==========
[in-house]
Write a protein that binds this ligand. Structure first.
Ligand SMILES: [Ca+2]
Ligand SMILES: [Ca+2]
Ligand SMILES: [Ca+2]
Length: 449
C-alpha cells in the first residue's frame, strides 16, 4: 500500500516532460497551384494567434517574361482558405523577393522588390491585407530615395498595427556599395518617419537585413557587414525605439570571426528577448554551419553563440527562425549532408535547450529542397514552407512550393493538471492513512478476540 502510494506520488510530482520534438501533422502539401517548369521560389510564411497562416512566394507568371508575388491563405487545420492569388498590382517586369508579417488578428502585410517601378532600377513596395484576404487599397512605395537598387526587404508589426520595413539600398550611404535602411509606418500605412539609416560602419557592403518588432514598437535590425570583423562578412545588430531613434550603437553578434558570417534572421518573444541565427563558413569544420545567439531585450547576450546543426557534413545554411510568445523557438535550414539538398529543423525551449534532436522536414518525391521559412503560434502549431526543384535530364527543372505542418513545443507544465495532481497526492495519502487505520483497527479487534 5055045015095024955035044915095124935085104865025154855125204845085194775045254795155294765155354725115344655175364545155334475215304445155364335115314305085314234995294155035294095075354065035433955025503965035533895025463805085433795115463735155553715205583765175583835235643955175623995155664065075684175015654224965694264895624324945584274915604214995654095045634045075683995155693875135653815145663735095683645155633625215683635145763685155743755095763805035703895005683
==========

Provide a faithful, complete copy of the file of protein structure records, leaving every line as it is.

[in-house]
Write a protein that binds this ligand. Structure first.
Ligand SMILES: [Ca+2]
Ligand SMILES: [Ca+2]
Ligand SMILES: [Ca+2]
Length: 449
C-alpha cells in the first residue's frame, strides 16, 4: 500500500516532460497551384494567434517574361482558405523577393522588390491585407530615395498595427556599395518617419537585413557587414525605439570571426528577448554551419553563440527562425549532408535547450529542397514552407512550393493538471492513512478476540 502510494506520488510530482520534438501533422502539401517548369521560389510564411497562416512566394507568371508575388491563405487545420492569388498590382517586369508579417488578428502585410517601378532600377513596395484576404487599397512605395537598387526587404508589426520595413539600398550611404535602411509606418500605412539609416560602419557592403518588432514598437535590425570583423562578412545588430531613434550603437553578434558570417534572421518573444541565427563558413569544420545567439531585450547576450546543426557534413545554411510568445523557438535550414539538398529543423525551449534532436522536414518525391521559412503560434502549431526543384535530364527543372505542418513545443507544465495532481497526492495519502487505520483497527479487534 5055045015095024955035044915095124935085104865025154855125204845085194775045254795155294765155354725115344655175364545155334475215304445155364335115314305085314234995294155035294095075354065035433955025503965035533895025463805085433795115463735155553715205583765175583835235643955175623995155664065075684175015654224965694264895624324945584274915604214995654095045634045075683995155693875135653815145663735095683645155633625215683635145763685155743755095763805035703895005683